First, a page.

Thursday, February 13, 2014
Venezuela: Student Protesters Rally Against Violence
Several hundred university students in Venezuela took to the streets on Thursday after three people were killed after demonstrations yesterday.
In the capital city of Caracas, traffic on the Francisco Fajardo highway was halted for several hours as scores of protesters called for an investigation into the death of university student Bassil Da Costa on Wednesday. Amateur videos uploaded to social networks showed Da Costa shot dead in downtown Caracas amid the chaos following an anti-government protest that was attended by an estimated ten thousand people.
“We urge the government to guarantee us our freedom as students, said Marcos Mata, a Humboldt University student present with 300 other demonstrators at Altamira Plaza earlier today. “We repudiate the violence that occurred yesterday. Our march was peaceful,” added Mata.
Mata also called on the authorities to free two students reportedly detained by the police after Wednesday’s march and whose whereabouts are unknown.
In the meantime, scores of Da Costa’s classmates gathered in the outskirts of Caracas to protest in memory of the slain student.
Students in other parts of Venezuela were also protesting in repudiation of the violence yesterday that left among the dead Da Costa and pro-government activist Juan Montoya. Such was the case in Maracaibo, Venezuela’s second-largest city, where several downtown streets were blocked off and classes were canceled at Zulia University. Additionally, student demonstrators in Anzoátegui state held signs blasting the government and blamed Venezuela’s main intelligence agency for trying to stifle democracy.
Meanwhile, a few dozen supporters of President Nicolás Maduro and several government ministers congregated in front of the Attorney General’s office in an event deemed as “Venezuelans against fascism.”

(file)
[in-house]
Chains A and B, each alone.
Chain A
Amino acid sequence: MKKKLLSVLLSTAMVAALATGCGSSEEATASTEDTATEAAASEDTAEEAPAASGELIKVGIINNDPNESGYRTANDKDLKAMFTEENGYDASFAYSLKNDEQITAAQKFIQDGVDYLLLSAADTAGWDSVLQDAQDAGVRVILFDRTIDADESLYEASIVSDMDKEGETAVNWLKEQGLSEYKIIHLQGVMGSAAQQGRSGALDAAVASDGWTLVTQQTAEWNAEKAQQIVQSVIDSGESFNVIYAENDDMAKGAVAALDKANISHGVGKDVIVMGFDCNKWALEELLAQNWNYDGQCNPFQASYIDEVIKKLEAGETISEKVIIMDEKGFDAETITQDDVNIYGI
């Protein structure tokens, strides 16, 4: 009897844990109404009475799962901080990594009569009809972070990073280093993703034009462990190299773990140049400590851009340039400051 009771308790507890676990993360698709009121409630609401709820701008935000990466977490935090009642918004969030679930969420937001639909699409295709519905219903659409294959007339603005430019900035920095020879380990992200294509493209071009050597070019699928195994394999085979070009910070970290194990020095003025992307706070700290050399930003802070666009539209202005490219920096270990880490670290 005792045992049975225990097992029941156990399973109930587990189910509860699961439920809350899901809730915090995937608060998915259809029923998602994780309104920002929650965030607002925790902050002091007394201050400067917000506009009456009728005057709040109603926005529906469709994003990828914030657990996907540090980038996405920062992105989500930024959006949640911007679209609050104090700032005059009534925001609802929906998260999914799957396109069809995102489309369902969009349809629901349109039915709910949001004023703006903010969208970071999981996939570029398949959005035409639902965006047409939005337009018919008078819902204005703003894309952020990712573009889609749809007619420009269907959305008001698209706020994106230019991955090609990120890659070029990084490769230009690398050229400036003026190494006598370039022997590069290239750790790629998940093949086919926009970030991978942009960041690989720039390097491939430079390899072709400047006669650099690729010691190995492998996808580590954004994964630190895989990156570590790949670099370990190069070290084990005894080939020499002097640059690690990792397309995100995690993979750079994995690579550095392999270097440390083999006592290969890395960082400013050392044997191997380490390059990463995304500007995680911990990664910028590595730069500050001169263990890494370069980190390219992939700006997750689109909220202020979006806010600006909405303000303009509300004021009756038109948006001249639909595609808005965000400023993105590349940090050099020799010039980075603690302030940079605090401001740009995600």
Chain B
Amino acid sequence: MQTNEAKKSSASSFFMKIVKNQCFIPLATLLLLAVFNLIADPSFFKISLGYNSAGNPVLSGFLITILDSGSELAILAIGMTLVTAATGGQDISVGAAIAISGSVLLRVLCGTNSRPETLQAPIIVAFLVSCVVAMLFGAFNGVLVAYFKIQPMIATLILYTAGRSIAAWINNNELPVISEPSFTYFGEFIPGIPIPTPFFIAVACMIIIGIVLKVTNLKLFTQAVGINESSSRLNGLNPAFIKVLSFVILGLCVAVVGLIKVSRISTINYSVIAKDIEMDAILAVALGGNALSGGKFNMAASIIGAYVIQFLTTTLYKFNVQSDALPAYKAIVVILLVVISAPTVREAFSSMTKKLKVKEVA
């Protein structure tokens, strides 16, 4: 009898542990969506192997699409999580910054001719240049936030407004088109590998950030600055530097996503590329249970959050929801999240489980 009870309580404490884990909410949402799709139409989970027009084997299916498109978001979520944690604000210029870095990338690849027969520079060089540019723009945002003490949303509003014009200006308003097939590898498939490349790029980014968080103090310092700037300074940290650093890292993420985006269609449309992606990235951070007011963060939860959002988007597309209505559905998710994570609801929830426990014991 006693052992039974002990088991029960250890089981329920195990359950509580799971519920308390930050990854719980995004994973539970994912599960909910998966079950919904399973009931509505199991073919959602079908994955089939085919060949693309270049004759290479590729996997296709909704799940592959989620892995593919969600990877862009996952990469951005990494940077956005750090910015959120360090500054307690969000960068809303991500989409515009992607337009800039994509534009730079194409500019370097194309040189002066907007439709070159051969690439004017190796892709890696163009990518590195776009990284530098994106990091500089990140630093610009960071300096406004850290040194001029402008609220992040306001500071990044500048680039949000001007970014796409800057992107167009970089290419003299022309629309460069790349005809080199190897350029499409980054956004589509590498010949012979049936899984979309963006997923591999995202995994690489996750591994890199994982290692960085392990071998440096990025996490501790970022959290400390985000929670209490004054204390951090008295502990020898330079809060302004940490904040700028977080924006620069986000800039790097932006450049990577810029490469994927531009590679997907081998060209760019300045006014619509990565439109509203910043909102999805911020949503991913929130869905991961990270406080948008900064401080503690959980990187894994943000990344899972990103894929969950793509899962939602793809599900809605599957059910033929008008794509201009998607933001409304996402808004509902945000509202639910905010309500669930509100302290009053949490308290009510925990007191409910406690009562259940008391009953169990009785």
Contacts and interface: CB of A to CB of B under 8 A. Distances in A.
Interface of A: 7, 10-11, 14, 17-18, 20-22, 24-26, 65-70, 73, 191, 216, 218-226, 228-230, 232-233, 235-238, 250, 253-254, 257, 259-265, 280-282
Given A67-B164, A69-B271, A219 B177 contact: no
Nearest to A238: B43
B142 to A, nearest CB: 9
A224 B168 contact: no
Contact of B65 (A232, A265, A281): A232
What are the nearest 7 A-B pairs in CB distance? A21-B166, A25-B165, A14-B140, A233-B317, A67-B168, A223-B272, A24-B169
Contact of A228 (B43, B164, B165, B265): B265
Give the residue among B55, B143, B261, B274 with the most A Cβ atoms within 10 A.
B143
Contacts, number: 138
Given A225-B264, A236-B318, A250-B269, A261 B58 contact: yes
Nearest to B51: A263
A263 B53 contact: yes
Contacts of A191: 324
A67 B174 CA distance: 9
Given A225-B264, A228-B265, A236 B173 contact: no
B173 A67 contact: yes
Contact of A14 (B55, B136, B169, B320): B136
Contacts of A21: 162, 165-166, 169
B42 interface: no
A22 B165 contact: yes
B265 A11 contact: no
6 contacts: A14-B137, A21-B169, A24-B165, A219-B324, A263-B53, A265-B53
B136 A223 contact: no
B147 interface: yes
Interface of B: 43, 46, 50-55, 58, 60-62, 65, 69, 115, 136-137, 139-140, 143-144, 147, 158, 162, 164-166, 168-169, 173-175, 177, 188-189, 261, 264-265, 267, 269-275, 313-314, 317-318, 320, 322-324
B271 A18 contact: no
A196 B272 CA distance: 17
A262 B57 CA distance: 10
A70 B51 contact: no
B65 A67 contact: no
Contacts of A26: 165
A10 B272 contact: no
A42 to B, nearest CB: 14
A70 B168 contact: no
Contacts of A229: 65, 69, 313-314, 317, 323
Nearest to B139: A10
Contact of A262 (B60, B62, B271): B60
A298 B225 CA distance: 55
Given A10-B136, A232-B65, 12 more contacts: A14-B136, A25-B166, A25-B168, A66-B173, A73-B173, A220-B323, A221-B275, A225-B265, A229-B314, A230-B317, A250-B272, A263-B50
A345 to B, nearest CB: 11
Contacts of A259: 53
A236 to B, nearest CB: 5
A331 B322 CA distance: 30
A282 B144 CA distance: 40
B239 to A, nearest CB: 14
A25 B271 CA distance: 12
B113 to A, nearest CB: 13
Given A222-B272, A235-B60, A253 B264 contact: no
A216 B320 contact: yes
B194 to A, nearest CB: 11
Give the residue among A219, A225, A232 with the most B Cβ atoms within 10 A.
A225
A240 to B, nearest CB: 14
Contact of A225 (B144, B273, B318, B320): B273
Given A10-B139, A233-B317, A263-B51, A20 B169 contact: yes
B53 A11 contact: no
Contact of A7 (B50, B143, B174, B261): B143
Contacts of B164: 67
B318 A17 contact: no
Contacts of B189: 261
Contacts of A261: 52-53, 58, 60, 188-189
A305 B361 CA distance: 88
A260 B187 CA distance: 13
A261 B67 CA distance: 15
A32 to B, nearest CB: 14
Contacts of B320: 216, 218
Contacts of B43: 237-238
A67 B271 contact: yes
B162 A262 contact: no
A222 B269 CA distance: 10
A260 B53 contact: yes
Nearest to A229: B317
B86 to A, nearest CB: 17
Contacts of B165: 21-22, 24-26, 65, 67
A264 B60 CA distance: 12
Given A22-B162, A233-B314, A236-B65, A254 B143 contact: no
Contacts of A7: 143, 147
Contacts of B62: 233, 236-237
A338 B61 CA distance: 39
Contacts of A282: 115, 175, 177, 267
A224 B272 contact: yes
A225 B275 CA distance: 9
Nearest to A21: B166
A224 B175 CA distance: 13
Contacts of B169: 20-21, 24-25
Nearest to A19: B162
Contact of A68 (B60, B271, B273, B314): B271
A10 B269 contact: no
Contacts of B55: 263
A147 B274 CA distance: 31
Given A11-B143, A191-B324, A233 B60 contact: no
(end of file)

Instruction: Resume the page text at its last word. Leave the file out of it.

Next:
Both government officials and opposition figures pointed the finger at one another in the aftermath of Wednesday’s violence.
“Whoever goes out to provoke violence without a permit to demonstrate will be detained,” declared Maduro who also blamed a “neo-fascist upsurge” for planning to ouster him. As a result, the government has sought the detention of several opposition figures including Leopoldo Lopez who had an arrest warrant issued against him yesterday.
The accusations of a potential coup were strongly rejected by ex-presidential candidate Henrique Capriles in a press conference earlier today.
“The Maduro regime does not care about the lives of any of us. This was made very clear yesterday and you all know that the immense majority of Venezuelans will not go out just to kill their brothers,” declared Capriles.
University students have been vocal in protesting against Maduro and his late predecessor, Hugo Chávez. Recently they have demonstrated against problems such as high crime rates and Venezuela’s economic woes, and have also called for the release of demonstrators detained by police.
Another group that has been vocal in protesting against the government are Venezuelan media outlets that have accused the Maduro regime of trying to stifle the press. Yet it was a foreign-owned TV network, Colombia-based cable news station NTN24, that was targeted by the government when the Venezuelan telecommunications regulator remove NTN24 from the country’s airwaves on Wednesday night. The Committee to Protect Journalists deemed that action as “repressive” and against one of the “few remaining independent voices in Venezuela.”
Video Source– AFP via YouTube
Online Sources – infobae.com; Committee to Protect Journalists; The Guardian; El Universal; La Patilla; El Nacional; El Mundo; panorama.com.ve; New York Daily News